Oh and one more thing… I realized after posting the above I’ve developed a lovely case, make that two lovely cases, of pink eye.  So, an iPad would be extra specially deserved now cause well, cause I really, really would like one?  Thank  you…..

And so I went…

…to see Sherlock Holmes (refer to previous posting “Holmes is that you” about my misgivings).  There are plenty of spoilers below so don’t read if you haven’t seen.

The film is long.  I could have eliminated about a a fourth of the movie with little or no effect to the characters, plot or overall cinematic power of the film.  Prolonged slow motion explosions, drawn out scenes of boxing, fighting, and general mayhem could have been cut in half (or more).  What did work wonderfully and the biggest strength of the film is Robert Downey Jr.’s portrayal of Sherlock Holmes, Jude Law’s Watson and those characters’ relationship to each other.  They added depth to Holmes and Watson, fleshing them out into more human characters.  Holmes’ almost narcissistic need of Watson and Watson’s need to move into a more conventional life and inability to completely break himself from the excitement that Holmes represents is what makes this film enjoyable.  RDJ’s portrayal of Holmes was not disappointing – the intellect was still there underneath the muscles and sweat and the grime.

The plot I thought was a bit too weak to sustain the weight and distraction of  all the “action” sequences.  While at first I balked at the whole dark magic, occult tone of it, I reminded myself that this is just the kind of thing that Sir Arthur Conan Doyle would have been drawn right into.  The story dragged mainly because it was side-tracked so often by steampunky labs in all their gory details, large men being pummeled, pigs being sliced and destruction that did very little other than to show off RDJ’s athleticism and timing (which is fine – but we’ll be able to see that in Ironman 2).  The villain (Mark Strong) was menacing and stylish.  I was slightly distracted by the look they gave him – he looked like the love child of Dracula and Juan Peron.  I half expected to see Evita join him while he was proclaiming himself to the House of Lords.  The end reveal and Holmes’ explanation of all that had gone on before kept to the Holmesian storytelling tradition.

As for the look of the film – well, what’s with this blue cast, underlit, high contrast style that seems to have invaded every film I go see.  Yes, I get it, turn of the century London was grey, smoggy and soot-covered and sapping the color out of scenes was perhaps meant to give it a Victorian pallor but all it did was make me crave warm colors which apparently only existed in Irene Adler’s costumes and make-up.  I believe this is the first Guy Ritchie film I have seen as his style and my sensibilities are not in general compatible.  I admire the depth he brought to the characters. I also couldn’t help thinking while waiting for the pummeling to stop that there was something in this film that rather reminded me of Burton’s Sleepy Hollow (maybe it was all that underlit, high contrast blue tones).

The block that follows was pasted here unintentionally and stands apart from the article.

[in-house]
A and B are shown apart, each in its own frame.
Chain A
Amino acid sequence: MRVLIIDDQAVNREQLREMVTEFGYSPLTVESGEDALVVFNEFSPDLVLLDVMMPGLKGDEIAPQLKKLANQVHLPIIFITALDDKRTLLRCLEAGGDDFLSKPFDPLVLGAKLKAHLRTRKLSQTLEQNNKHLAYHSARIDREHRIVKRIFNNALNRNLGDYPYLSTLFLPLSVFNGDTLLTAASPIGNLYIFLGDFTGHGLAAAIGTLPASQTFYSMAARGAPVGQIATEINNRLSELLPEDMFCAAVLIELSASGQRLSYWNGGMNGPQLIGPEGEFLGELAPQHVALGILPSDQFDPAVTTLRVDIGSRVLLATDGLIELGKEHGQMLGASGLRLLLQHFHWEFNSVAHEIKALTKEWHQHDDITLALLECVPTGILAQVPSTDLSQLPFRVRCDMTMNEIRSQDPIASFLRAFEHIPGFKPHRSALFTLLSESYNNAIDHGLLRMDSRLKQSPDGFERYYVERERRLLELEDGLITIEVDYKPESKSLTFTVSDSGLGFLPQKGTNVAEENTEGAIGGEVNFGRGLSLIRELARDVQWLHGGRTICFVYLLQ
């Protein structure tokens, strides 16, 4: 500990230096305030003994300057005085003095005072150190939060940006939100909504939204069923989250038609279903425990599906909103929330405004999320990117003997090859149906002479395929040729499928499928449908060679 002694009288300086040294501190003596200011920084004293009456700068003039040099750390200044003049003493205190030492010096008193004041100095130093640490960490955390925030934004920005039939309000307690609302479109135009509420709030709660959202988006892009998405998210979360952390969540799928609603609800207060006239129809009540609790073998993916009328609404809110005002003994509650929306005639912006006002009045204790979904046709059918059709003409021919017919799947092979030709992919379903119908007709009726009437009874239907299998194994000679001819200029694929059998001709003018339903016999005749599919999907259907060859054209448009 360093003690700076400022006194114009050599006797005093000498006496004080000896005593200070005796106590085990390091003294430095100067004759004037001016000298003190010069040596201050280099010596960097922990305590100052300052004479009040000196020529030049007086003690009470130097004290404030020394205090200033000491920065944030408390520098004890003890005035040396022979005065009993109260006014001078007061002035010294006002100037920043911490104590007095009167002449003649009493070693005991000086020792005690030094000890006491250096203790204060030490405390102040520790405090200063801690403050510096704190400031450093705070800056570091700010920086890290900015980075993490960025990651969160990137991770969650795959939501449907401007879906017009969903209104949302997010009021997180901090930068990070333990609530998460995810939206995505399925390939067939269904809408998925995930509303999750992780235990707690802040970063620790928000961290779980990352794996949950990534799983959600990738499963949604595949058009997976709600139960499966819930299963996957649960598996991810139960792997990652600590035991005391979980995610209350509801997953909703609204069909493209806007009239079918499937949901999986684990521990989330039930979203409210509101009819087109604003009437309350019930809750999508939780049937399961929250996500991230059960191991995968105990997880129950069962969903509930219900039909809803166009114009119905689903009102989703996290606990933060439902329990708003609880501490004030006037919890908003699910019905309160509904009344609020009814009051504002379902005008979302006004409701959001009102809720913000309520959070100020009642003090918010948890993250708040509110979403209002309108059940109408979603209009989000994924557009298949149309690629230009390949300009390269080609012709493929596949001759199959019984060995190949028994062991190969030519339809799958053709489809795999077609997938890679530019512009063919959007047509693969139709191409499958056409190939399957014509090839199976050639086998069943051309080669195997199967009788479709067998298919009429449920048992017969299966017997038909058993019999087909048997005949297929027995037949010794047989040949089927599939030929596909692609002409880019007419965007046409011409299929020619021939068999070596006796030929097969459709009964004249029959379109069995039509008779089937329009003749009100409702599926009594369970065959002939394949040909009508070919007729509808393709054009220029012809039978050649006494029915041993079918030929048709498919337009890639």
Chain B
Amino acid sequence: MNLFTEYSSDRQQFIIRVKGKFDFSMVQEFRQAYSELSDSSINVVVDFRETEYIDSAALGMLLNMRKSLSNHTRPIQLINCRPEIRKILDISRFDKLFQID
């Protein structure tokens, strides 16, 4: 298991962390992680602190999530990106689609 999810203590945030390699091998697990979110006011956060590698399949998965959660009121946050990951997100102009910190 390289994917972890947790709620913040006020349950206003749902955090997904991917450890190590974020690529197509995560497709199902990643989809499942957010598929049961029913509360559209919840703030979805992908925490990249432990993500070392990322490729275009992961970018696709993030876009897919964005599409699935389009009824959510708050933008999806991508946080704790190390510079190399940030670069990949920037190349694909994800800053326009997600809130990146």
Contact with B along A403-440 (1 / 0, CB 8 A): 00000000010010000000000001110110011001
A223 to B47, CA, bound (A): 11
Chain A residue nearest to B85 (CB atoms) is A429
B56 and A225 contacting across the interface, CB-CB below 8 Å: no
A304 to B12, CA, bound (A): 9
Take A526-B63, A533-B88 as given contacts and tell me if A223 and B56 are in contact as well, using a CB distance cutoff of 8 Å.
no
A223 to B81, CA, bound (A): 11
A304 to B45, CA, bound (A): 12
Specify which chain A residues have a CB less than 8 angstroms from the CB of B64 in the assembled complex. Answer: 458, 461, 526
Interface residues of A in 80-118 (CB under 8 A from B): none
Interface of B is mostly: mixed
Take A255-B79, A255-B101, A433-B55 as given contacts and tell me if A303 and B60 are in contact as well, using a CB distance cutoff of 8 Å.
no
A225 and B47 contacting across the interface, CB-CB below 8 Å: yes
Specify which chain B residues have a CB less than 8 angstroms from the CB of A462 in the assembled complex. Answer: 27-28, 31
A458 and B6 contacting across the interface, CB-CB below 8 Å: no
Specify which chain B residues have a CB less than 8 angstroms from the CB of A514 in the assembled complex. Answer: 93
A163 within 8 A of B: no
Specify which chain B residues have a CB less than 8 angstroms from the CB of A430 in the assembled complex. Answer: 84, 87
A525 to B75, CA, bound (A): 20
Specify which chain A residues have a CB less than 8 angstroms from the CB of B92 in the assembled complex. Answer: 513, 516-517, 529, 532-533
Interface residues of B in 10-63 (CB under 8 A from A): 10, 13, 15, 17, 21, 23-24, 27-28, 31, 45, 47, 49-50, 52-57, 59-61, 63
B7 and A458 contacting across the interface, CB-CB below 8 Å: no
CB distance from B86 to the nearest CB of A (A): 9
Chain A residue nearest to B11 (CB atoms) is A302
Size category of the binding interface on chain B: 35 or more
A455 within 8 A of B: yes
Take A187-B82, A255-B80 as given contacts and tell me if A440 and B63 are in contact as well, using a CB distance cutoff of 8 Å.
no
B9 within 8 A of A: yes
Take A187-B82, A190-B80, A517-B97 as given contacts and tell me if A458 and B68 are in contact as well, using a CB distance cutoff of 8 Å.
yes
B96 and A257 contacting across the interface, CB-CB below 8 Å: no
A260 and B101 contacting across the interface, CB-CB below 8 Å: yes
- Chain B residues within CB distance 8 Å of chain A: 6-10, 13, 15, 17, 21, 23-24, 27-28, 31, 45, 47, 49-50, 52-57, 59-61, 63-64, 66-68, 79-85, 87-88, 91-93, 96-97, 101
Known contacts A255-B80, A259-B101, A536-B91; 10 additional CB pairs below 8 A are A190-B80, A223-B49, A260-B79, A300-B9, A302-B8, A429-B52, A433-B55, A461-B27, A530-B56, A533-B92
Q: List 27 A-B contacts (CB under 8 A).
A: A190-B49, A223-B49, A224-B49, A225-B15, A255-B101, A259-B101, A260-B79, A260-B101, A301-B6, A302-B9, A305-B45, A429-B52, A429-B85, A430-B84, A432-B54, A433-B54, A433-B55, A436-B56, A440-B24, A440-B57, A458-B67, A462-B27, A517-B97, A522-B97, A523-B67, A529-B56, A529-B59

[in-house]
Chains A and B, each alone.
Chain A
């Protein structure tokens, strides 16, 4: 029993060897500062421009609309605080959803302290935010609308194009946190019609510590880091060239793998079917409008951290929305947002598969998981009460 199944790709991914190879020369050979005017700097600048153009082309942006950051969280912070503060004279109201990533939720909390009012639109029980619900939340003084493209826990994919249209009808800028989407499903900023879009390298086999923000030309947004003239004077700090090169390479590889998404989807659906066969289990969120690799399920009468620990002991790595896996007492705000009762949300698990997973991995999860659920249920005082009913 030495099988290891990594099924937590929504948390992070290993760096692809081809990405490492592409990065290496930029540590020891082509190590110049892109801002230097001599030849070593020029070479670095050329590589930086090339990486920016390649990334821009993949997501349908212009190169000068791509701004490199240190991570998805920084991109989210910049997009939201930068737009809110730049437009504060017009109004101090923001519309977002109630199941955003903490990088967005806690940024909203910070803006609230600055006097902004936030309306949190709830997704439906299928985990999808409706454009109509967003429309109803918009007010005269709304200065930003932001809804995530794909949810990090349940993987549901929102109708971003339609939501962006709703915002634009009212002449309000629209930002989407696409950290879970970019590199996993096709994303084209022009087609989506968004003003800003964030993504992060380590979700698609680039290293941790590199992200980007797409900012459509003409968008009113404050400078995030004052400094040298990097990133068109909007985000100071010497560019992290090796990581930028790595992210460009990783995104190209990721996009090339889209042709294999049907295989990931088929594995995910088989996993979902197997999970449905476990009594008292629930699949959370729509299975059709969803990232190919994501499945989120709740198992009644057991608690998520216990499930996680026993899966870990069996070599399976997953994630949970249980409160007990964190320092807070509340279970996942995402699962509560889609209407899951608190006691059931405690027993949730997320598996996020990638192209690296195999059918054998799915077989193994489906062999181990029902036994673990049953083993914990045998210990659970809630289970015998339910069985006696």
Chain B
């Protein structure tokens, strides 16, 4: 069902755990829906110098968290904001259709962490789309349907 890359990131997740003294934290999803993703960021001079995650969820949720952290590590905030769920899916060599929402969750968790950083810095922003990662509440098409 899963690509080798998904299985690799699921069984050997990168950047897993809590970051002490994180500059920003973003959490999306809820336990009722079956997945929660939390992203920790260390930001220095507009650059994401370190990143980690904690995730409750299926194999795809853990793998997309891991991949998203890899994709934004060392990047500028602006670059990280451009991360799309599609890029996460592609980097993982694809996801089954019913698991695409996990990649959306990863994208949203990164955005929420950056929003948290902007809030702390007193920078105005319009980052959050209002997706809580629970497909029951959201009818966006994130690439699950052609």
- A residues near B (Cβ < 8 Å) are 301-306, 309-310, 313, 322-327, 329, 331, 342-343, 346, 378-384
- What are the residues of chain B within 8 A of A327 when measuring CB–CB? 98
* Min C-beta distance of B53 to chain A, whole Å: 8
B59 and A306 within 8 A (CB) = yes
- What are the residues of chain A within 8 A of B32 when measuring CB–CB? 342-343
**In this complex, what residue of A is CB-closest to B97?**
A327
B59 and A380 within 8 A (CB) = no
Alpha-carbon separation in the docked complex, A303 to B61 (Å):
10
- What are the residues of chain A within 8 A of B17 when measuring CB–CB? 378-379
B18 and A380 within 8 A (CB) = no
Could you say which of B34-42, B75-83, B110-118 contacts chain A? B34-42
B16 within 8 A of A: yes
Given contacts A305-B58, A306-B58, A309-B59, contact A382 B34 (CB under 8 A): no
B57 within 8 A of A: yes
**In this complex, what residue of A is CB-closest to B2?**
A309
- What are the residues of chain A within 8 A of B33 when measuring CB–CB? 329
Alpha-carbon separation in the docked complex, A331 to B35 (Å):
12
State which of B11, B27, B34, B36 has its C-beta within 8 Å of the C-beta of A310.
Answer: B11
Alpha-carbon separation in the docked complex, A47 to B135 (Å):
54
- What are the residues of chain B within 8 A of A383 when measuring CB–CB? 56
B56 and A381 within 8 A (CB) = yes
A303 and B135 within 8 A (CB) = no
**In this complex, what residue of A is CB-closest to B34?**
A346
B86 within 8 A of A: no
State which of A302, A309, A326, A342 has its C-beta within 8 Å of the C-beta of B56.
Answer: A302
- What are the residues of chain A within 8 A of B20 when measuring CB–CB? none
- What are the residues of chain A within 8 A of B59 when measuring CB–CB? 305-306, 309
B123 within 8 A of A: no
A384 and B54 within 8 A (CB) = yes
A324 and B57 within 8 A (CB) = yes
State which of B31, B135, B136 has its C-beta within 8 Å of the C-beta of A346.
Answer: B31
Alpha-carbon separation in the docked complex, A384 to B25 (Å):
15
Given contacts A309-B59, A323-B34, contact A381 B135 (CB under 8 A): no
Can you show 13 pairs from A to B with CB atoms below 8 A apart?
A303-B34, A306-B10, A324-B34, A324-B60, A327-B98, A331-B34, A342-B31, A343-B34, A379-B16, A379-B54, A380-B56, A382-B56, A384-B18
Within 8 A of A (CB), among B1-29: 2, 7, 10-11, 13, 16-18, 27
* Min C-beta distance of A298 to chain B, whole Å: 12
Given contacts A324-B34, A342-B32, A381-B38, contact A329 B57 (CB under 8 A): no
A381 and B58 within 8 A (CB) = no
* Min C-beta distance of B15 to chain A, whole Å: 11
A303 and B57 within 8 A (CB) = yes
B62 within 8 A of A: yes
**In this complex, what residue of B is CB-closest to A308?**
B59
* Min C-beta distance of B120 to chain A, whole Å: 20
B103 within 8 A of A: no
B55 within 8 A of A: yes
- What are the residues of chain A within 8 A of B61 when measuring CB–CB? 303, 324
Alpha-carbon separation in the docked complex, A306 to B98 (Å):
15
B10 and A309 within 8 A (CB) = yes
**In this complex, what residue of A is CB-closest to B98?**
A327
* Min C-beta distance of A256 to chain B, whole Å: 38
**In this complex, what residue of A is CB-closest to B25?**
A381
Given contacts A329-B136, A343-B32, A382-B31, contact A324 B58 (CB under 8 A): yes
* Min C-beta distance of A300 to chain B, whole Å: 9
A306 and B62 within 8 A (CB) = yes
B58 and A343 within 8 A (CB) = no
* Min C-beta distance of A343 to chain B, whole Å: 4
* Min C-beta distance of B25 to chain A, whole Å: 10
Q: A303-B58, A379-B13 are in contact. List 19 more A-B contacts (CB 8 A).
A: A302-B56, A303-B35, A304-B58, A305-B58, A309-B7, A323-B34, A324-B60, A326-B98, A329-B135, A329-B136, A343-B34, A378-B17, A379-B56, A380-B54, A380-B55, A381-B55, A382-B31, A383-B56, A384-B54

And Mr. Ritchie did surprise me by the reveal of Moriarty’s presence in the film.  I had assumed the mysterious man menacing Ms. Adler was Blackwood.  Since I will more than likely be in line, with cash in hand when the sequel is released, may I make a suggestion as to the casting of Moriarty? The role requires someone who can match the intelligence that Robert Downey Jr. projects on film, someone who can be menancing while still being engaging.  I’ve read some horrid rumors of Brad Pitt being offered the role.  No, no, please no!  Brad Pitt is a fine actor but not for this part.  Wouldn’t Viggo Mortensen make an excellent Moriarty?  No?  Well, if you want to stay with a British actor, perhaps Gary Oldham would be a better choice than Mr. Pitt – he might even make a better Moriarty than Mortensen now that I think about it a bit.

And a final note on the state of the cinema in general:  Violence for the sake of violence is just not my cup of tea. Frankly I was rattled by the amount of sheer carnage paraded in front of us during the previews for Sherlock Holmes.  The same heart racing over the top music pounded over explosions, fireballs and bodies hurling towards the viewer to the point that I’m not even sure what movies I saw previews for with one exception – Date Night ( that one I placed on my list of films to see).  I know, I know – I am not the target audience for any of these movies so my opinion matters little compared with that of teenaged boys… eh, c’est la vie.

Oh and one more thing, while I love Tony Stark, I wish that Mr. Downey did a little less comic book hero movies and perhaps a few more smaller films that showcase his enormous acting talents.  I am curious as to what the ultimate outcome of “Poe” will be.  Take a look here for the background info: Stallone’s Poe ….

(Note to self – find a copy of Chaplin).

A small opinion

The evil that men do lives after them,
The good is oft interred with their bones,